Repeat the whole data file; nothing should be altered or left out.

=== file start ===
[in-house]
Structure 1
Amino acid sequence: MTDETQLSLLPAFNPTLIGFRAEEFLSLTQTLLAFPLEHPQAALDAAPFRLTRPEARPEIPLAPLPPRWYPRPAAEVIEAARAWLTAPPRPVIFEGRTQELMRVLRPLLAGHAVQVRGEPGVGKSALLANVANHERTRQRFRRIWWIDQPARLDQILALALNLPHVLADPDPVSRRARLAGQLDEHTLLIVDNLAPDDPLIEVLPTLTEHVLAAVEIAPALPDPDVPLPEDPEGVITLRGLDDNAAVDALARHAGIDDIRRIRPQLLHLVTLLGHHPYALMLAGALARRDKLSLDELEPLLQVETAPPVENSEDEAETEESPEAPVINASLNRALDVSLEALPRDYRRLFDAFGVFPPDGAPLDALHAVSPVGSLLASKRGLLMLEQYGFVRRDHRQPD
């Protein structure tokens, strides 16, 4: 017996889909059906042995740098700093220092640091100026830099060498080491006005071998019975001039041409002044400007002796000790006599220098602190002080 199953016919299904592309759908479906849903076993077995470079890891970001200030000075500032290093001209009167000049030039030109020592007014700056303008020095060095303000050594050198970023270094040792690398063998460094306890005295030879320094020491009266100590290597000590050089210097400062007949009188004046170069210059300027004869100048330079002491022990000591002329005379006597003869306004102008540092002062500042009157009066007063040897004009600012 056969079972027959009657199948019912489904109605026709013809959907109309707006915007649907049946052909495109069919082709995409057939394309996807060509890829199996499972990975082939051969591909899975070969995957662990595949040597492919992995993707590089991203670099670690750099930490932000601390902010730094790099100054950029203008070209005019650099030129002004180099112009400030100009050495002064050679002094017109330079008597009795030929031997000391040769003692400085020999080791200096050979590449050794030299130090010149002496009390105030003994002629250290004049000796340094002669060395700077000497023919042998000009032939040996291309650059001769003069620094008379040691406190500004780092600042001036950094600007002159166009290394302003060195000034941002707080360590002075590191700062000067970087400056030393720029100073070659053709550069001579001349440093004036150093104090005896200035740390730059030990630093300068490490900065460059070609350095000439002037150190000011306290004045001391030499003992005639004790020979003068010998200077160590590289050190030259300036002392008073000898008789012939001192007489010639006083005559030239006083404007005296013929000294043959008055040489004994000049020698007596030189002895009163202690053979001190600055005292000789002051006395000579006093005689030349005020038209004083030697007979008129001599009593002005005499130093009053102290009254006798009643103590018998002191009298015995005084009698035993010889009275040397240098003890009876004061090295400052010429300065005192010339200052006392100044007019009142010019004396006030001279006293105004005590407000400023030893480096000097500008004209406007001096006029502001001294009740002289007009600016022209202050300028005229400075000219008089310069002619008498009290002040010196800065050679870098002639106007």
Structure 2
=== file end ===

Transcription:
[in-house]
Structure 1
Amino acid sequence: MTDETQLSLLPAFNPTLIGFRAEEFLSLTQTLLAFPLEHPQAALDAAPFRLTRPEARPEIPLAPLPPRWYPRPAAEVIEAARAWLTAPPRPVIFEGRTQELMRVLRPLLAGHAVQVRGEPGVGKSALLANVANHERTRQRFRRIWWIDQPARLDQILALALNLPHVLADPDPVSRRARLAGQLDEHTLLIVDNLAPDDPLIEVLPTLTEHVLAAVEIAPALPDPDVPLPEDPEGVITLRGLDDNAAVDALARHAGIDDIRRIRPQLLHLVTLLGHHPYALMLAGALARRDKLSLDELEPLLQVETAPPVENSEDEAETEESPEAPVINASLNRALDVSLEALPRDYRRLFDAFGVFPPDGAPLDALHAVSPVGSLLASKRGLLMLEQYGFVRRDHRQPD
């Protein structure tokens, strides 16, 4: 017996889909059906042995740098700093220092640091100026830099060498080491006005071998019975001039041409002044400007002796000790006599220098602190002080 199953016919299904592309759908479906849903076993077995470079890891970001200030000075500032290093001209009167000049030039030109020592007014700056303008020095060095303000050594050198970023270094040792690398063998460094306890005295030879320094020491009266100590290597000590050089210097400062007949009188004046170069210059300027004869100048330079002491022990000591002329005379006597003869306004102008540092002062500042009157009066007063040897004009600012 056969079972027959009657199948019912489904109605026709013809959907109309707006915007649907049946052909495109069919082709995409057939394309996807060509890829199996499972990975082939051969591909899975070969995957662990595949040597492919992995993707590089991203670099670690750099930490932000601390902010730094790099100054950029203008070209005019650099030129002004180099112009400030100009050495002064050679002094017109330079008597009795030929031997000391040769003692400085020999080791200096050979590449050794030299130090010149002496009390105030003994002629250290004049000796340094002669060395700077000497023919042998000009032939040996291309650059001769003069620094008379040691406190500004780092600042001036950094600007002159166009290394302003060195000034941002707080360590002075590191700062000067970087400056030393720029100073070659053709550069001579001349440093004036150093104090005896200035740390730059030990630093300068490490900065460059070609350095000439002037150190000011306290004045001391030499003992005639004790020979003068010998200077160590590289050190030259300036002392008073000898008789012939001192007489010639006083005559030239006083404007005296013929000294043959008055040489004994000049020698007596030189002895009163202690053979001190600055005292000789002051006395000579006093005689030349005020038209004083030697007979008129001599009593002005005499130093009053102290009254006798009643103590018998002191009298015995005084009698035993010889009275040397240098003890009876004061090295400052010429300065005192010339200052006392100044007019009142010019004396006030001279006293105004005590407000400023030893480096000097500008004209406007001096006029502001001294009740002289007009600016022209202050300028005229400075000219008089310069002619008498009290002040010196800065050679870098002639106007």
Structure 2